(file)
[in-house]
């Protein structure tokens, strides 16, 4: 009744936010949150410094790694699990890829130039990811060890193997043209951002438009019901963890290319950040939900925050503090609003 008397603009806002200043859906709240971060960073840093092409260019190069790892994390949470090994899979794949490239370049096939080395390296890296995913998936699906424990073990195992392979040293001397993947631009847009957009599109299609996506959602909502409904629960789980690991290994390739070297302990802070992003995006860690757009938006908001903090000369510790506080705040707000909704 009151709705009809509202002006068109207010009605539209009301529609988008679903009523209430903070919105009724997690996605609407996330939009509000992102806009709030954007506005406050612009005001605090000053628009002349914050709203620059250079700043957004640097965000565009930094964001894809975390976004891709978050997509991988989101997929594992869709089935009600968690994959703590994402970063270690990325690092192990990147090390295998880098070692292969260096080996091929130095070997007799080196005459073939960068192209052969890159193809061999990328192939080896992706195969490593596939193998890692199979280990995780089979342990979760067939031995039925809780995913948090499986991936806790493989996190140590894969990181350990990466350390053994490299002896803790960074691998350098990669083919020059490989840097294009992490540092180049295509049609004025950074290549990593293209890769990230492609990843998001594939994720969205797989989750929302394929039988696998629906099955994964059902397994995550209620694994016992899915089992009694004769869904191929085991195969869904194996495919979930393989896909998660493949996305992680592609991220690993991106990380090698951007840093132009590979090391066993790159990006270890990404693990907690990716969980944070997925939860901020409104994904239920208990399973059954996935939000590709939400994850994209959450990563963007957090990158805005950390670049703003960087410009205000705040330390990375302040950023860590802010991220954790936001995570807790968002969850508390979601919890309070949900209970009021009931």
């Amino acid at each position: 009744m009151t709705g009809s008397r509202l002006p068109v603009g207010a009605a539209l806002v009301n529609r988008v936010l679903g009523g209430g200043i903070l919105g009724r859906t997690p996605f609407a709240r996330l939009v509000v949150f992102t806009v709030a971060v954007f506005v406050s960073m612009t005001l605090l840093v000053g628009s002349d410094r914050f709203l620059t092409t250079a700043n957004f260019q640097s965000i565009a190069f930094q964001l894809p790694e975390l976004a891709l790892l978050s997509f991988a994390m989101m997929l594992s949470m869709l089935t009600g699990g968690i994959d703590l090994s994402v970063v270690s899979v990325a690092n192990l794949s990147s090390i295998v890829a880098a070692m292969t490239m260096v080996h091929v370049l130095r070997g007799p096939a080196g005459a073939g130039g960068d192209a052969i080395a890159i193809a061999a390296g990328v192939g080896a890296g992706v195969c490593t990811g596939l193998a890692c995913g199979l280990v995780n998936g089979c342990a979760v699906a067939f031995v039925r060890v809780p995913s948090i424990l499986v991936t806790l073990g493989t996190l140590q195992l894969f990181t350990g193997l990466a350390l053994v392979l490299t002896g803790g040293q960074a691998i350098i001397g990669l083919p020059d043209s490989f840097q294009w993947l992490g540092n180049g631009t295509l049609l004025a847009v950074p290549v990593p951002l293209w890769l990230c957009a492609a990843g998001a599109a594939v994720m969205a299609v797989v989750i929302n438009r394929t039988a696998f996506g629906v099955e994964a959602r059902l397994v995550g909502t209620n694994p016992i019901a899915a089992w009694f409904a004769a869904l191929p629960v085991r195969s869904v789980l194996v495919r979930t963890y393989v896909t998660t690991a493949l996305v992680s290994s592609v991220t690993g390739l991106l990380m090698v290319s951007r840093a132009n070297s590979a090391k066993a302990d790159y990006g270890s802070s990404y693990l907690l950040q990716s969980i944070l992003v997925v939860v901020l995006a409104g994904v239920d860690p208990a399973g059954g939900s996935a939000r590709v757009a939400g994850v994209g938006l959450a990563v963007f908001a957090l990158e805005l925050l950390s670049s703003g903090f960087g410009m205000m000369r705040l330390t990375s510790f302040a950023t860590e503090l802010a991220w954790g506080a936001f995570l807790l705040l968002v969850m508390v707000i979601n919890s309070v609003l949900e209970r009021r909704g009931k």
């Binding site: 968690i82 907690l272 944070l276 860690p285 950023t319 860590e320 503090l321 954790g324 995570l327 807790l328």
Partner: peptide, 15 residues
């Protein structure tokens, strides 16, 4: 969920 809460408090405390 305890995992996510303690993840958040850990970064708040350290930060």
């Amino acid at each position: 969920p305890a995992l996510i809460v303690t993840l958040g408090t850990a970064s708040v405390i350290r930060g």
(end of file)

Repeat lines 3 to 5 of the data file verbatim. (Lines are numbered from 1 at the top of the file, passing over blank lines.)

């Amino acid at each position: 009744m009151t709705g009809s008397r509202l002006p068109v603009g207010a009605a539209l806002v009301n529609r988008v936010l679903g009523g209430g200043i903070l919105g009724r859906t997690p996605f609407a709240r996330l939009v509000v949150f992102t806009v709030a971060v954007f506005v406050s960073m612009t005001l605090l840093v000053g628009s002349d410094r914050f709203l620059t092409t250079a700043n957004f260019q640097s965000i565009a190069f930094q964001l894809p790694e975390l976004a891709l790892l978050s997509f991988a994390m989101m997929l594992s949470m869709l089935t009600g699990g968690i994959d703590l090994s994402v970063v270690s899979v990325a690092n192990l794949s990147s090390i295998v890829a880098a070692m292969t490239m260096v080996h091929v370049l130095r070997g007799p096939a080196g005459a073939g130039g960068d192209a052969i080395a890159i193809a061999a390296g990328v192939g080896a890296g992706v195969c490593t990811g596939l193998a890692c995913g199979l280990v995780n998936g089979c342990a979760v699906a067939f031995v039925r060890v809780p995913s948090i424990l499986v991936t806790l073990g493989t996190l140590q195992l894969f990181t350990g193997l990466a350390l053994v392979l490299t002896g803790g040293q960074a691998i350098i001397g990669l083919p020059d043209s490989f840097q294009w993947l992490g540092n180049g631009t295509l049609l004025a847009v950074p290549v990593p951002l293209w890769l990230c957009a492609a990843g998001a599109a594939v994720m969205a299609v797989v989750i929302n438009r394929t039988a696998f996506g629906v099955e994964a959602r059902l397994v995550g909502t209620n694994p016992i019901a899915a089992w009694f409904a004769a869904l191929p629960v085991r195969s869904v789980l194996v495919r979930t963890y393989v896909t998660t690991a493949l996305v992680s290994s592609v991220t690993g390739l991106l990380m090698v290319s951007r840093a132009n070297s590979a090391k066993a302990d790159y990006g270890s802070s990404y693990l907690l950040q990716s969980i944070l992003v997925v939860v901020l995006a409104g994904v239920d860690p208990a399973g059954g939900s996935a939000r590709v757009a939400g994850v994209g938006l959450a990563v963007f908001a957090l990158e805005l925050l950390s670049s703003g903090f960087g410009m205000m000369r705040l330390t990375s510790f302040a950023t860590e503090l802010a991220w954790g506080a936001f995570l807790l705040l968002v969850m508390v707000i979601n919890s309070v609003l949900e209970r009021r909704g009931k």
């Binding site: 968690i82 907690l272 944070l276 860690p285 950023t319 860590e320 503090l321 954790g324 995570l327 807790l328």
Partner: peptide, 15 residues